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Bradford and Morecambe among big winners in £58.8m culture fund handout

Morecambe Winter Gardens will receive £2.7m from government fund

Several Northern cultural organisations are among the winners as the government hands out a new pot of £58.8 million which will see arts and culture venues transformed, upgraded and created.

Among the biggest beneficiaries Bradford, UK City of Culture 2025, will receive £4.9 million to redevelop the intercultural arts centre Kala Sangam and other cultural assets, to establish a network of local arts hubs and support the successful delivery of its year as the culture capital and beyond.

The Potteries Museum and Art Gallery in Stoke-on-Trent will receive £5 million to build a wrap-around extension to improve facilities and accessibility and support local education, health and wellbeing projects.

Morecambe Winter Gardens will receive £2.743m. The site is a Grade II-listed building, originally built as the Victoria Pavilion Theatre in 1897 and was an extension to the existing Winter Gardens complex, which has since been demolished. The theatre closed to the public in 1977 and was listed the same year.

The Investment Development Fund comprises the Cultural Development Fund, Libraries Improvement Fund and Museum Estate and Development Fund.

The Libraries Improvement Fund has allocated £275,960 to St Helens Council Library Service, £198,872 to Manchester Libraries, and £151,520 to Oldham Council Libraries.

Other major awards include £898,405 to Cannon Hall Museum in Barnsley, £974,673 to The Bowes Museum in Barnard Castle, County Durham and £673,826 to Queen’s Park Stores in Manchester.

Arts Council England will deliver the fund on behalf of the Department for Culture, Media and Sport (DCMS).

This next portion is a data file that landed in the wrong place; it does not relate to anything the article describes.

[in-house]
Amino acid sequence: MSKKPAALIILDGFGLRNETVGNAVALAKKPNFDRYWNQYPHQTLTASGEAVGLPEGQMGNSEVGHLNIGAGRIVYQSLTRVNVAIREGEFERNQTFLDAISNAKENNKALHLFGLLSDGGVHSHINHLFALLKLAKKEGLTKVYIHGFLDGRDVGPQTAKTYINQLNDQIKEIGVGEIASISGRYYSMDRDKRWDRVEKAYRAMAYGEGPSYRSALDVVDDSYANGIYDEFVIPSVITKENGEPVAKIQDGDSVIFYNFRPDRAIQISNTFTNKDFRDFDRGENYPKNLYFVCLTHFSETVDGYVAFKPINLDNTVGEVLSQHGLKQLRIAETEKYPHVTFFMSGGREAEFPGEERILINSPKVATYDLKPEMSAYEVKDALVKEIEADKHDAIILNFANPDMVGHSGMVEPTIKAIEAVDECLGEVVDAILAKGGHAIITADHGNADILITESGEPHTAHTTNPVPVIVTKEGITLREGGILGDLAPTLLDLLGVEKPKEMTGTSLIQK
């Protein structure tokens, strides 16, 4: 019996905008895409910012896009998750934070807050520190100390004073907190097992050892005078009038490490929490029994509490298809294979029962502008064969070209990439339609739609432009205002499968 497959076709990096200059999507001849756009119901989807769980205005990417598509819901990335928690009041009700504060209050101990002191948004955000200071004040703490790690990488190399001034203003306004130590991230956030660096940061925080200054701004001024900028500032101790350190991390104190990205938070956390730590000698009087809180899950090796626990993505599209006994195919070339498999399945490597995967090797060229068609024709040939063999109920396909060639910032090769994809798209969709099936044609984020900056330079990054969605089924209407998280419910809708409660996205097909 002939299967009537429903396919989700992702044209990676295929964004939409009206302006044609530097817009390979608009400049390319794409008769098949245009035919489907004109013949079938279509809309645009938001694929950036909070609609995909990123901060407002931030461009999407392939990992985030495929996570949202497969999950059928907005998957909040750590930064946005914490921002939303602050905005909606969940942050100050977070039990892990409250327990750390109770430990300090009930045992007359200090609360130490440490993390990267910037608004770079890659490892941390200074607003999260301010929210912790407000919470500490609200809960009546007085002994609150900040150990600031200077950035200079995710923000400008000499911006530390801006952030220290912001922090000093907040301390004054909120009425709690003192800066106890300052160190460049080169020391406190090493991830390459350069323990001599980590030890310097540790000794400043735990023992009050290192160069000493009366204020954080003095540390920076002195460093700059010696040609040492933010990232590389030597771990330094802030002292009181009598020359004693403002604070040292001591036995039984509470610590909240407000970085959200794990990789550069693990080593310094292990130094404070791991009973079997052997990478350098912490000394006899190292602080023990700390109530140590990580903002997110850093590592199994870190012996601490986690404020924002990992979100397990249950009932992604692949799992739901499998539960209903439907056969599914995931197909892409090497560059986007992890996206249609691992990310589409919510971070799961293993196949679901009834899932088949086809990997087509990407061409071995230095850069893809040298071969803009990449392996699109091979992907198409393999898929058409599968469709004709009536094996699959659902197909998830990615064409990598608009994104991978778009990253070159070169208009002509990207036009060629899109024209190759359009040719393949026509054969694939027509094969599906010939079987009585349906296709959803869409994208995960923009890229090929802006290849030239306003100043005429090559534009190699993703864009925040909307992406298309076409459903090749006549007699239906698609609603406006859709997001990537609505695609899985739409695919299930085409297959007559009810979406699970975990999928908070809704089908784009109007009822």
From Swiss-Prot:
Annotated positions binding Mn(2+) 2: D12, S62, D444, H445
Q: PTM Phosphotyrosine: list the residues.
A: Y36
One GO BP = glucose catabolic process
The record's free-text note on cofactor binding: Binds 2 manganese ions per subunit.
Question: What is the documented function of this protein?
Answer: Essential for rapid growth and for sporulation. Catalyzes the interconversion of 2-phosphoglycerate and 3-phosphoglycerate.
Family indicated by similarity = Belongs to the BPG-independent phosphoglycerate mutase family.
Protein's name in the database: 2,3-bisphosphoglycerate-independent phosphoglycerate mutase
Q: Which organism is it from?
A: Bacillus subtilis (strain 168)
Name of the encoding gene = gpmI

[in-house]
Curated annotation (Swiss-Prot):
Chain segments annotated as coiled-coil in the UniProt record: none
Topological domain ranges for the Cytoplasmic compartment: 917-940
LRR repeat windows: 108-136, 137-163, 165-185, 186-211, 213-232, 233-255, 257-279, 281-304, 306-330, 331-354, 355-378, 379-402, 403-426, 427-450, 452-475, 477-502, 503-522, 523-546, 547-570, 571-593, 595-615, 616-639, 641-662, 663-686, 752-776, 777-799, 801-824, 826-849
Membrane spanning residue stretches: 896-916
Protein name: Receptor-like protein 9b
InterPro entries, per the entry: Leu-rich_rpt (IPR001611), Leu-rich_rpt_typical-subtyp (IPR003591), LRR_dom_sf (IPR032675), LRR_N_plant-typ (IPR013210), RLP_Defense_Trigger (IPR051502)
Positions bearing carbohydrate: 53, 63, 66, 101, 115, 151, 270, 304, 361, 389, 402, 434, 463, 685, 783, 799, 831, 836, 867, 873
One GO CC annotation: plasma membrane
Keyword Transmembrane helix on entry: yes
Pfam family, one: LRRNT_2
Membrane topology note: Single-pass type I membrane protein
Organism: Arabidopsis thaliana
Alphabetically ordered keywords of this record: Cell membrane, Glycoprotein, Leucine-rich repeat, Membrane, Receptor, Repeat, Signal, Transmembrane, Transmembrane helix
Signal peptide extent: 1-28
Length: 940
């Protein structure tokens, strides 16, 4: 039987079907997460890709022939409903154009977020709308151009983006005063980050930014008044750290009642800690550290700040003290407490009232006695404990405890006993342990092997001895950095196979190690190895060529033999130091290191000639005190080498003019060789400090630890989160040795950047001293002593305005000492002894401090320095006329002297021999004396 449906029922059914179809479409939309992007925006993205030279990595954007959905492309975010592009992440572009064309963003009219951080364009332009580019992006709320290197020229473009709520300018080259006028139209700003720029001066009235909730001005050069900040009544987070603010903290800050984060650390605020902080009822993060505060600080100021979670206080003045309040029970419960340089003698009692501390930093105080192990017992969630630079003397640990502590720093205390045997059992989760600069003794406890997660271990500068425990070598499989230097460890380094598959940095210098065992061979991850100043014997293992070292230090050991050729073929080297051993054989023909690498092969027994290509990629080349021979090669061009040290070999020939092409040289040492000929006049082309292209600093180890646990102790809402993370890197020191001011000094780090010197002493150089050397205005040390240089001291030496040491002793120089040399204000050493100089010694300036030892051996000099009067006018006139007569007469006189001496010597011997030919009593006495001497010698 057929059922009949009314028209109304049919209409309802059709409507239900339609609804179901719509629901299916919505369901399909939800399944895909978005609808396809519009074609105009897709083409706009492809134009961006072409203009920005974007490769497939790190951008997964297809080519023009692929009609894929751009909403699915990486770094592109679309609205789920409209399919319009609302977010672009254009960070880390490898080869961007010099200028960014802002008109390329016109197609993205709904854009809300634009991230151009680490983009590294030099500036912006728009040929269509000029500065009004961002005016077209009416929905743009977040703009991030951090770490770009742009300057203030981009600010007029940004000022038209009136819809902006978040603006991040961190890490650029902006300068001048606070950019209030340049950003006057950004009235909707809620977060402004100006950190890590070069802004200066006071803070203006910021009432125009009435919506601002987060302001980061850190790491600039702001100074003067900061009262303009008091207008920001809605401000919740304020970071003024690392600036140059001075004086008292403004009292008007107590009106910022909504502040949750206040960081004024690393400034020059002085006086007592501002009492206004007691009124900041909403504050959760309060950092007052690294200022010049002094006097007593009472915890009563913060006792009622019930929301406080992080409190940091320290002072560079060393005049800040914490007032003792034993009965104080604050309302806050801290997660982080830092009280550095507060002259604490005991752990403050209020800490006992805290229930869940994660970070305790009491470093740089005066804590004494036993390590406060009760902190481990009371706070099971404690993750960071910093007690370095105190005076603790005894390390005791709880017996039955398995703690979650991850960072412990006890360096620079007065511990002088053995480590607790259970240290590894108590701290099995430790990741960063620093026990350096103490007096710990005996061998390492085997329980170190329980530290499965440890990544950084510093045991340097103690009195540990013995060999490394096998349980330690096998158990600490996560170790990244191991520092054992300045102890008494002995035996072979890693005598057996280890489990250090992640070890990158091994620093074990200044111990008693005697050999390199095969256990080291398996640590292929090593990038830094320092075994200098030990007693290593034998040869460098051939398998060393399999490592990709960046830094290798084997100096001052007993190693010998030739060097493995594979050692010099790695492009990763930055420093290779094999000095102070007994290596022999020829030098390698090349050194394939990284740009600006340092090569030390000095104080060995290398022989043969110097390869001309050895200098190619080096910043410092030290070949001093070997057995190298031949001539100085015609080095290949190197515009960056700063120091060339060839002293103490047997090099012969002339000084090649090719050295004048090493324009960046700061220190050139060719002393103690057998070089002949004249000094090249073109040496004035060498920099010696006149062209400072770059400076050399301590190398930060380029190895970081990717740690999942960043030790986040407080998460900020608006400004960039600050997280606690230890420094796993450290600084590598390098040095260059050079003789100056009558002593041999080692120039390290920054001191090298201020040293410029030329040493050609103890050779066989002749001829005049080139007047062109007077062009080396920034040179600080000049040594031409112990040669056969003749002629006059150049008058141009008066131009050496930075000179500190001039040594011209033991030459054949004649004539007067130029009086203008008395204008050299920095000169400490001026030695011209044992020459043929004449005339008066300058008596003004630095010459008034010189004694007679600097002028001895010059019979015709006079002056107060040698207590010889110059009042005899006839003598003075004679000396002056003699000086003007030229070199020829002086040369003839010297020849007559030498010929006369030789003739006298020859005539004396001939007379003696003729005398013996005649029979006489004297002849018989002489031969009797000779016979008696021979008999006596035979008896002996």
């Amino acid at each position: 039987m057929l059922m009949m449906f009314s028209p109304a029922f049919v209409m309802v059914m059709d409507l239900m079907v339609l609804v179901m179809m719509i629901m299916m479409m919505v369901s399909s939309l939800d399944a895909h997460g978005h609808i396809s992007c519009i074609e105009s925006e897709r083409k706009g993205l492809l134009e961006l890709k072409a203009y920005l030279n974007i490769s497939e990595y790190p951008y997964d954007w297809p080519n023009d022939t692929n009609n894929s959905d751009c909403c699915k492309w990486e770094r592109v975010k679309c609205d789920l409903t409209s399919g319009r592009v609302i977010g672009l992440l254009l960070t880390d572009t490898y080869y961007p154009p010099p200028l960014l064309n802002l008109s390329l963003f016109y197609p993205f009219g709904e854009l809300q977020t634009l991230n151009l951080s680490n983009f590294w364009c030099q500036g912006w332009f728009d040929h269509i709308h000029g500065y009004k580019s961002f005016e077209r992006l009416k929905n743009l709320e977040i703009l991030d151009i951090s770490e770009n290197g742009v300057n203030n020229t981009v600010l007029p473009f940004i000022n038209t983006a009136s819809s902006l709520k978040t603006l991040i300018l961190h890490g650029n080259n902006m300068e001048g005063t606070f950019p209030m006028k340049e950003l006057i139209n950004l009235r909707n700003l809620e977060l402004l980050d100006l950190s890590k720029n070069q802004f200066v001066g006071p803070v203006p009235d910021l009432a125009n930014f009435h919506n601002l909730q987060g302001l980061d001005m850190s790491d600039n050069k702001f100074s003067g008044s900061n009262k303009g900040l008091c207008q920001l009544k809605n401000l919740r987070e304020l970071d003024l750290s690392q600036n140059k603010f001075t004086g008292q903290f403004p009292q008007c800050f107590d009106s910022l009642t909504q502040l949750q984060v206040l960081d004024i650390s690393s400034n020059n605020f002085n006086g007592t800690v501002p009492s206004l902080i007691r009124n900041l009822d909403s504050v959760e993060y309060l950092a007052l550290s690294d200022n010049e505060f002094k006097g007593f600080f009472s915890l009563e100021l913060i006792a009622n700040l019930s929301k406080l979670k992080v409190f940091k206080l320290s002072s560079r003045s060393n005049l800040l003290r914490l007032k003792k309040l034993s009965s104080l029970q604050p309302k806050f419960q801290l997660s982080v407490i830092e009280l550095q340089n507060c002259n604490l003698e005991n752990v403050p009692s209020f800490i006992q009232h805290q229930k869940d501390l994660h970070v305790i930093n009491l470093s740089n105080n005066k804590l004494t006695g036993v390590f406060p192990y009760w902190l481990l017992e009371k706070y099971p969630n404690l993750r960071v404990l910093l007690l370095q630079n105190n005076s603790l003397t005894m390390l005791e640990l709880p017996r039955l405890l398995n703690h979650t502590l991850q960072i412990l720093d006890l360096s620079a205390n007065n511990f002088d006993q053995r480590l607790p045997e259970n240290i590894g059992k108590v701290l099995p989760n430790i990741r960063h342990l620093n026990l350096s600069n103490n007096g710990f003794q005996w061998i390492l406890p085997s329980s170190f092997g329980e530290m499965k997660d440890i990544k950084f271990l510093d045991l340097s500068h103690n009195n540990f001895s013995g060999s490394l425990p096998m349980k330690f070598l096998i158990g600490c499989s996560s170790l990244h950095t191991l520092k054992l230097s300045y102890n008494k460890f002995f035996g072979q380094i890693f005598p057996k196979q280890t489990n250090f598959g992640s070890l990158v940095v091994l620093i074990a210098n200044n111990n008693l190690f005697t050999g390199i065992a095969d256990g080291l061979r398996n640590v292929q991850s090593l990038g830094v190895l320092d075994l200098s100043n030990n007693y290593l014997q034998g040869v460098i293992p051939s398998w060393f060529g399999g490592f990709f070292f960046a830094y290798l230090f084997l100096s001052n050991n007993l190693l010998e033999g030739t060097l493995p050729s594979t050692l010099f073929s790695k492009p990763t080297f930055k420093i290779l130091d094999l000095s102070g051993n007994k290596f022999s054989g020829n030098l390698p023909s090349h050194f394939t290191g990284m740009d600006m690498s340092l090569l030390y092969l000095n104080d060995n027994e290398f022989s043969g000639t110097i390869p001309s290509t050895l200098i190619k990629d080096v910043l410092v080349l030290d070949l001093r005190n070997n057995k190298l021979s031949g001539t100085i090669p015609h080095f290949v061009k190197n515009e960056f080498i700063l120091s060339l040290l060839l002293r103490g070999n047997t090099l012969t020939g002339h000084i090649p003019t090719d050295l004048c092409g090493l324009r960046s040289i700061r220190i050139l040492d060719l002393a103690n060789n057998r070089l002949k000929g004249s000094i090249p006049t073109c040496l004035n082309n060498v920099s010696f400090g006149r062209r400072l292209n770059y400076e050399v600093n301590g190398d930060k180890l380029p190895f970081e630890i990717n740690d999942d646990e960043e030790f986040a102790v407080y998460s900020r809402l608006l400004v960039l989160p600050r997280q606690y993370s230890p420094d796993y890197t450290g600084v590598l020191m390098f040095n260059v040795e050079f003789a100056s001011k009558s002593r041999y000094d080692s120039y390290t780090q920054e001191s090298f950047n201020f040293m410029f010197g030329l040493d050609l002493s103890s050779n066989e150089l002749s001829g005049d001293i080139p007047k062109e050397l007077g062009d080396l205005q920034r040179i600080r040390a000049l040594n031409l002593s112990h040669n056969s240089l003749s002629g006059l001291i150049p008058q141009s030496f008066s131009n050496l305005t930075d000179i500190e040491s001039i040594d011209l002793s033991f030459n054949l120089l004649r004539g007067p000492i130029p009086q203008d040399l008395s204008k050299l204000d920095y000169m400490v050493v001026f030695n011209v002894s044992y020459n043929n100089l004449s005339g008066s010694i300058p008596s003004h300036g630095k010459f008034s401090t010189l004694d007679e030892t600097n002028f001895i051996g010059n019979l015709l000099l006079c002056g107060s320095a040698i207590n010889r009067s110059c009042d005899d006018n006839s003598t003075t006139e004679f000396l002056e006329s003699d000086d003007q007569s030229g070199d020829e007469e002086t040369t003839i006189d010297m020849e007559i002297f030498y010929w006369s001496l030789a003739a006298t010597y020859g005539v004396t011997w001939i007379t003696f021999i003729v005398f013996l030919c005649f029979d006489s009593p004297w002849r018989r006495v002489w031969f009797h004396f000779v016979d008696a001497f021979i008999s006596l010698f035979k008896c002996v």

Culture secretary Lucy Frazer said: “This investment will help to level up access to arts and culture for everyone, no matter where they live. Culture helps us create lifelong memories with our families and friends, provides entertainment and joy, and allows us to explore the world around us in new and exciting ways. It can also boost tourism, support local business and drive local economic growth.”

Darren Henley, chief executive of Arts Council England added: “Investment in creativity and culture is a catalyst for improving well-being and raising aspirations, reinvigorating pride in communities, regenerating high streets and local economies, and bringing people together. We are pleased to play a part in delivering the Cultural Investment Fund and this £58 million investment will help create new, or improve existing, cultural buildings and spaces in our villages, towns and cities. By doing so it will support recovery and growth and unlock the creative potential of those who live and work in communities across England.”

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